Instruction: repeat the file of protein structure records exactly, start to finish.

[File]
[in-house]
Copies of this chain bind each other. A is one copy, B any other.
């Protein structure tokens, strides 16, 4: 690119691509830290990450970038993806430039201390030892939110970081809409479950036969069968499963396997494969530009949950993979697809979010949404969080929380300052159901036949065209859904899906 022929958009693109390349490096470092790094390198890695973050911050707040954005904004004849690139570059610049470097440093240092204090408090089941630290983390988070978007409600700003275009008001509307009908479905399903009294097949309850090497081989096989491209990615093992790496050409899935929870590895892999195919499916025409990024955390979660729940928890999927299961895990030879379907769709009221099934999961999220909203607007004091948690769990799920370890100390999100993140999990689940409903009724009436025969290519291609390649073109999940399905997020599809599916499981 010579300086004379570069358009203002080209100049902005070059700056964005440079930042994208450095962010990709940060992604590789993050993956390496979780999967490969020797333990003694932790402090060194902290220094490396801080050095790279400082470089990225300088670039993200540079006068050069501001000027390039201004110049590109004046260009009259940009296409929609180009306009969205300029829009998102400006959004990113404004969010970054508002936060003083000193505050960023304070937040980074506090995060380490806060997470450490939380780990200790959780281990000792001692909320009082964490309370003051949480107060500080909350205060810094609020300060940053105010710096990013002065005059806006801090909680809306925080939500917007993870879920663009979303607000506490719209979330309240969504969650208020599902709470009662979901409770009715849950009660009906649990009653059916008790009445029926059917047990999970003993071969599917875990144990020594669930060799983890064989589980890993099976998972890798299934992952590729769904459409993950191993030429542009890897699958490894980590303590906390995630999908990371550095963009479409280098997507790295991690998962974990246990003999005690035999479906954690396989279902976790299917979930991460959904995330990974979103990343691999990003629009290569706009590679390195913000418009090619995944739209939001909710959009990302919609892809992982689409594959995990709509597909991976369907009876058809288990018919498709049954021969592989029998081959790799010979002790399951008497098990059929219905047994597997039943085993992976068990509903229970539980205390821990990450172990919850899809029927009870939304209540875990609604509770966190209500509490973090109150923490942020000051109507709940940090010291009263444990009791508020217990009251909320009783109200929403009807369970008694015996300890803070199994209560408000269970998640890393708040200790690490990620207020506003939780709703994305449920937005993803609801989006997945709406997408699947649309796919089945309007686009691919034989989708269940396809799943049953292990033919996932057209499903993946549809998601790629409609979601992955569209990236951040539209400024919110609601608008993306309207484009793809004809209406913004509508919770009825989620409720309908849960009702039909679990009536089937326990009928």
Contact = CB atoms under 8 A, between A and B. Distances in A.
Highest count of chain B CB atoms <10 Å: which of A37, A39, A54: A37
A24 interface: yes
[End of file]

[in-house]
Copies of this chain bind each other. A is one copy, B any other.
């Protein structure tokens, strides 16, 4: 690119691509830290990450970038993806430039201390030892939110970081809409479950036969069968499963396997494969530009949950993979697809979010949404969080929380300052159901036949065209859904899906 022929958009693109390349490096470092790094390198890695973050911050707040954005904004004849690139570059610049470097440093240092204090408090089941630290983390988070978007409600700003275009008001509307009908479905399903009294097949309850090497081989096989491209990615093992790496050409899935929870590895892999195919499916025409990024955390979660729940928890999927299961895990030879379907769709009221099934999961999220909203607007004091948690769990799920370890100390999100993140999990689940409903009724009436025969290519291609390649073109999940399905997020599809599916499981 010579300086004379570069358009203002080209100049902005070059700056964005440079930042994208450095962010990709940060992604590789993050993956390496979780999967490969020797333990003694932790402090060194902290220094490396801080050095790279400082470089990225300088670039993200540079006068050069501001000027390039201004110049590109004046260009009259940009296409929609180009306009969205300029829009998102400006959004990113404004969010970054508002936060003083000193505050960023304070937040980074506090995060380490806060997470450490939380780990200790959780281990000792001692909320009082964490309370003051949480107060500080909350205060810094609020300060940053105010710096990013002065005059806006801090909680809306925080939500917007993870879920663009979303607000506490719209979330309240969504969650208020599902709470009662979901409770009715849950009660009906649990009653059916008790009445029926059917047990999970003993071969599917875990144990020594669930060799983890064989589980890993099976998972890798299934992952590729769904459409993950191993030429542009890897699958490894980590303590906390995630999908990371550095963009479409280098997507790295991690998962974990246990003999005690035999479906954690396989279902976790299917979930991460959904995330990974979103990343691999990003629009290569706009590679390195913000418009090619995944739209939001909710959009990302919609892809992982689409594959995990709509597909991976369907009876058809288990018919498709049954021969592989029998081959790799010979002790399951008497098990059929219905047994597997039943085993992976068990509903229970539980205390821990990450172990919850899809029927009870939304209540875990609604509770966190209500509490973090109150923490942020000051109507709940940090010291009263444990009791508020217990009251909320009783109200929403009807369970008694015996300890803070199994209560408000269970998640890393708040200790690490990620207020506003939780709703994305449920937005993803609801989006997945709406997408699947649309796919089945309007686009691919034989989708269940396809799943049953292990033919996932057209499903993946549809998601790629409609979601992955569209990236951040539209400024919110609601608008993306309207484009793809004809209406913004509508919770009825989620409720309908849960009702039909679990009536089937326990009928």
Contact = CB atoms under 8 A, between A and B. Distances in A.
Highest count of chain B CB atoms <10 Å: which of A37, A39, A54: A37
A24 interface: yes